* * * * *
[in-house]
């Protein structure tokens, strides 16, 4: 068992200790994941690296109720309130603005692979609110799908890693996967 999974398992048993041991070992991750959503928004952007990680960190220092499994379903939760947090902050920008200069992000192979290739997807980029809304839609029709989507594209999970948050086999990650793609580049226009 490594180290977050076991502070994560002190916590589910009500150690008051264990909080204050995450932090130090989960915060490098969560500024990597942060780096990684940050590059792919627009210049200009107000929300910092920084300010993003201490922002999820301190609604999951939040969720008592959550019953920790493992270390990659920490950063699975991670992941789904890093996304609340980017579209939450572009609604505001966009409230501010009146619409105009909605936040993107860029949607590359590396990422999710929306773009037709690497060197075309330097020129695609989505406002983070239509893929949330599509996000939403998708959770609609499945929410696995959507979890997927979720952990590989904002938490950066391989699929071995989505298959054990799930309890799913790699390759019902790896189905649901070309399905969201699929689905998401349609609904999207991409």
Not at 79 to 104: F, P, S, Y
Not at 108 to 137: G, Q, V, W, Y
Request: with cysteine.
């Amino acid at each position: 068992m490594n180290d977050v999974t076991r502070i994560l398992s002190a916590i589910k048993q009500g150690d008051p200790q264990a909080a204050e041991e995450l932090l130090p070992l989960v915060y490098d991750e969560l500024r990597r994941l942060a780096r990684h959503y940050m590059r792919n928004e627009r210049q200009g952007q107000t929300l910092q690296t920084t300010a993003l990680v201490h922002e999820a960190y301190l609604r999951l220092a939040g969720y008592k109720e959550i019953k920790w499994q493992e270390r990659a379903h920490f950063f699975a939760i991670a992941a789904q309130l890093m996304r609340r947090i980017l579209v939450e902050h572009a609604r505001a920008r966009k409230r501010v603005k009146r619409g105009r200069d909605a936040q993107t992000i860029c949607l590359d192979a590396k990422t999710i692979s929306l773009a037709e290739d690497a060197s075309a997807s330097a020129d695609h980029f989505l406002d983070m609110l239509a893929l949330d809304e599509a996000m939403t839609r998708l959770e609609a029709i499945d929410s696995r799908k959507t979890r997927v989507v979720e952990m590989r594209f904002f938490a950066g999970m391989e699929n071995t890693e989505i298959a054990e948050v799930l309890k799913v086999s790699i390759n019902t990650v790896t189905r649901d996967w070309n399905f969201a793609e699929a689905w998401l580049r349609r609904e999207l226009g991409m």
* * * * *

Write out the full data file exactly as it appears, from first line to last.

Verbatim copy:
[in-house]
């Protein structure tokens, strides 16, 4: 068992200790994941690296109720309130603005692979609110799908890693996967 999974398992048993041991070992991750959503928004952007990680960190220092499994379903939760947090902050920008200069992000192979290739997807980029809304839609029709989507594209999970948050086999990650793609580049226009 490594180290977050076991502070994560002190916590589910009500150690008051264990909080204050995450932090130090989960915060490098969560500024990597942060780096990684940050590059792919627009210049200009107000929300910092920084300010993003201490922002999820301190609604999951939040969720008592959550019953920790493992270390990659920490950063699975991670992941789904890093996304609340980017579209939450572009609604505001966009409230501010009146619409105009909605936040993107860029949607590359590396990422999710929306773009037709690497060197075309330097020129695609989505406002983070239509893929949330599509996000939403998708959770609609499945929410696995959507979890997927979720952990590989904002938490950066391989699929071995989505298959054990799930309890799913790699390759019902790896189905649901070309399905969201699929689905998401349609609904999207991409």
Not at 79 to 104: F, P, S, Y
Not at 108 to 137: G, Q, V, W, Y
Request: with cysteine.
């Amino acid at each position: 068992m490594n180290d977050v999974t076991r502070i994560l398992s002190a916590i589910k048993q009500g150690d008051p200790q264990a909080a204050e041991e995450l932090l130090p070992l989960v915060y490098d991750e969560l500024r990597r994941l942060a780096r990684h959503y940050m590059r792919n928004e627009r210049q200009g952007q107000t929300l910092q690296t920084t300010a993003l990680v201490h922002e999820a960190y301190l609604r999951l220092a939040g969720y008592k109720e959550i019953k920790w499994q493992e270390r990659a379903h920490f950063f699975a939760i991670a992941a789904q309130l890093m996304r609340r947090i980017l579209v939450e902050h572009a609604r505001a920008r966009k409230r501010v603005k009146r619409g105009r200069d909605a936040q993107t992000i860029c949607l590359d192979a590396k990422t999710i692979s929306l773009a037709e290739d690497a060197s075309a997807s330097a020129d695609h980029f989505l406002d983070m609110l239509a893929l949330d809304e599509a996000m939403t839609r998708l959770e609609a029709i499945d929410s696995r799908k959507t979890r997927v989507v979720e952990m590989r594209f904002f938490a950066g999970m391989e699929n071995t890693e989505i298959a054990e948050v799930l309890k799913v086999s790699i390759n019902t990650v790896t189905r649901d996967w070309n399905f969201a793609e699929a689905w998401l580049r349609r609904e999207l226009g991409m």